“I am still part of the government. I just finished talking with the office of the president. I also talk with the general headquarters. Actually there is no problem. The security situation in Malakal, as I am talking to you is calm and under control. I talk with Arkenjelo Abanga in Malakal and other SPLA commanders,” said Olony, referring to another commander of the SPLA forces who receives military instructions and orders from Juba.

Observers say Olony fears that if he surrenders to Juba he could be treated the same way General Gabriel Tanginye and General Mabor Dhoal and several officers were treated in 2011 following the Kaldak clashes between government troops and forces under their command.

His militia forces have not been integrated into the army since his return from Khartoum after independence. The clashes between his forces and government troops was sparked by the killing of his deputy in April whose death is blamed on pro-government troops and armed youth civilians hailing from the Dinka ethnic group in Upper Nile state.

He has since controlled the state capital and dislodged the state government, including the governor.

(ST)

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  • 13 May 2015 23:25, by Kim Deng

    The Shilluk Kingdom seem to have learned its lessons from this "Dinka-Nuer" war. It would be better if they (Shilluk) remain neutral like Murle and Anyuak in this "Dinka-Nuer" war, otherwise they will suffer more.

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    • 13 May 2015 23:55, by Rommel

      Kim Deng:

      You want them to be "neutral"? I would love that, but were the Shilluk under Lam Akol "neutral" when we last danced? What about your Mundari allies in the 90s? The Bari dominated Popular Resistance Movement/Army? The Equatorial Defence force? The LRA? The Murahaleen? PDF? SAF?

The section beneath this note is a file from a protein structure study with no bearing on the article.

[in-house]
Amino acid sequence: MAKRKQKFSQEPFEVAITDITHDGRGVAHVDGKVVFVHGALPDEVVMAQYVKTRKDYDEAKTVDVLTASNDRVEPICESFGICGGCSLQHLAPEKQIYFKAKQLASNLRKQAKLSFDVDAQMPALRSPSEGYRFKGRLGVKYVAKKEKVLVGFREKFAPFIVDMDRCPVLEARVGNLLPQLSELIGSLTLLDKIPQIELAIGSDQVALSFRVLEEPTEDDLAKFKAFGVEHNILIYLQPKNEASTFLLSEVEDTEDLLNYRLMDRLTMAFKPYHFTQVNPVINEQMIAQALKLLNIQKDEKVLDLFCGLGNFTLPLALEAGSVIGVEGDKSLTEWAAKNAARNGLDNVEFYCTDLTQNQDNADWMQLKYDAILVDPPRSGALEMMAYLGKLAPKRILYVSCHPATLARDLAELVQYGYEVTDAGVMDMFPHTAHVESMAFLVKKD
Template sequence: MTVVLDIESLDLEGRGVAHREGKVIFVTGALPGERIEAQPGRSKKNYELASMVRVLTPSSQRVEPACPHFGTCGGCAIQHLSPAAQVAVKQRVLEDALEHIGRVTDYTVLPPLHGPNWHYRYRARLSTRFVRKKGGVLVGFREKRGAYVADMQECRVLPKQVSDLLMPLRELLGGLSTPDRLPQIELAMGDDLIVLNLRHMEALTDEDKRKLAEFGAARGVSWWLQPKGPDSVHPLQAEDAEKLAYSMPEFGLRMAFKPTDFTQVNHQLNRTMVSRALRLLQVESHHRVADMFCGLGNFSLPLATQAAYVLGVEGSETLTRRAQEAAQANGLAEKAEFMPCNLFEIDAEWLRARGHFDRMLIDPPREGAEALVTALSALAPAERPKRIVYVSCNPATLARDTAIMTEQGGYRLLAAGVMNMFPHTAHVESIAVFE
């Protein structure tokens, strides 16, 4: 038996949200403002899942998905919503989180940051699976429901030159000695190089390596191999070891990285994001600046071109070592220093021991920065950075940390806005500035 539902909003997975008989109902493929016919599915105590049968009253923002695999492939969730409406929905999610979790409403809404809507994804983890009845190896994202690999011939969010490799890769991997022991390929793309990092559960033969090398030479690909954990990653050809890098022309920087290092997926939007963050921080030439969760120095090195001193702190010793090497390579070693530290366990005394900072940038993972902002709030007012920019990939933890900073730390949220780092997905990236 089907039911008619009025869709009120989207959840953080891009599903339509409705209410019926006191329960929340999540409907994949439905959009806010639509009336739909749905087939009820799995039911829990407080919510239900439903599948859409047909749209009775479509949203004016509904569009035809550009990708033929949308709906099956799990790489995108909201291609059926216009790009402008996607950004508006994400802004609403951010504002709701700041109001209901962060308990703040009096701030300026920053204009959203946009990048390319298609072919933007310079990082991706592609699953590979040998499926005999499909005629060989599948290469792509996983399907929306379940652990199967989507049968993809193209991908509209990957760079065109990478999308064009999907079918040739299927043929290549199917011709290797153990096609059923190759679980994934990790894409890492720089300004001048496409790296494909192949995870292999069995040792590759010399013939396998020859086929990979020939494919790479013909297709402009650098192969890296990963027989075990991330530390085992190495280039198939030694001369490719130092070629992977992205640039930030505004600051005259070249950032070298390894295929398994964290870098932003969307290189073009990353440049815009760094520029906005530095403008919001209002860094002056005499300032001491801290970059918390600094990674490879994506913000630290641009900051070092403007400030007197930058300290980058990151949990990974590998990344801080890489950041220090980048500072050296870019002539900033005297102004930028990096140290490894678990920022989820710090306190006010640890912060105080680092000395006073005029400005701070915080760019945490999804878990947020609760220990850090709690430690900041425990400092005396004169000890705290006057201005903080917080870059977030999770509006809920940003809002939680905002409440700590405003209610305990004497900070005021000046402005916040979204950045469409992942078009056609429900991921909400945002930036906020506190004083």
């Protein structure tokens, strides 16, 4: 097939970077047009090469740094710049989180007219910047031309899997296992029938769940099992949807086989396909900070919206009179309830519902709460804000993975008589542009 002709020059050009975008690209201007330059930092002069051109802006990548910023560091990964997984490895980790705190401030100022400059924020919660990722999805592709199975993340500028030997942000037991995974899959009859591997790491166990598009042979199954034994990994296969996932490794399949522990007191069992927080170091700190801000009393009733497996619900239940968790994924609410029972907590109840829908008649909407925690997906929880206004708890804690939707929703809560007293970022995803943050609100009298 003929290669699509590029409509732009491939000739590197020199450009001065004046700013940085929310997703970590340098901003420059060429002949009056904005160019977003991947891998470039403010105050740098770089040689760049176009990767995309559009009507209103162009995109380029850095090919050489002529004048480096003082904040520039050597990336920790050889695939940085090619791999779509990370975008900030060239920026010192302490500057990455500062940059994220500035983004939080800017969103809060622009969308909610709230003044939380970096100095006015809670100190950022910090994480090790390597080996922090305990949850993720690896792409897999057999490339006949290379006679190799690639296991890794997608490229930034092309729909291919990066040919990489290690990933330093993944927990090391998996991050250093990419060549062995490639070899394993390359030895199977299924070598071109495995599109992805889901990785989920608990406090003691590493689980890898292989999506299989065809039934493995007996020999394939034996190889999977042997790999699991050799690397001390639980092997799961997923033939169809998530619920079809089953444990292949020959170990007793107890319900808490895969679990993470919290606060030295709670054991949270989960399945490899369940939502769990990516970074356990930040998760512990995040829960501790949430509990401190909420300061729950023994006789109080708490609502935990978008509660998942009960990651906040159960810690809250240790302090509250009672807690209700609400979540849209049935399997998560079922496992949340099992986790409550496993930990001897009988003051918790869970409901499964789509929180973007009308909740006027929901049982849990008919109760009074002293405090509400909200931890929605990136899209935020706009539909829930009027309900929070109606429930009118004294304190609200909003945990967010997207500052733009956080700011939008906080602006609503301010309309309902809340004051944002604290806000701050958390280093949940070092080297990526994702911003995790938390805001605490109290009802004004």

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      • 14 May 2015 00:01, by Rommel

        As you can see, it is you that has been nourished with the luxury of many allies and yet you could not achieve your objectives against the Dinka during the war. We lost over a million people to your masters in Khartoum and we still didn’t bow down. It was the first time that the Dinka tribe worked together as a whole unit. You are fighting less than 2 out of the 15 Dinka sections.

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        • 14 May 2015 00:06, by Rommel

          This Sudan Tribune article is replete with errors. The most glaring among them is the notion that Johnson Olony is in full control of Malakal He is not. His forces are stationed in the southern districts of Malakal while the mainstream SPLA forces control the northern portion of the city.

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  • 14 May 2015 10:47, by Mapuor

    War will never solve our problems. Power struggle will never allow us to develop.Kerubino Kuanyin made a big mistake in allowing fake PhD holders to take a lead in the SPLA.People now look for fake PhDs and then use tribal forces to come to power through banditary.Dr Riek and Dr Lam did it in 1991 and again this time. Majak Agot tried it but failed to mobilize his Twii clan.Shame upon Nyagara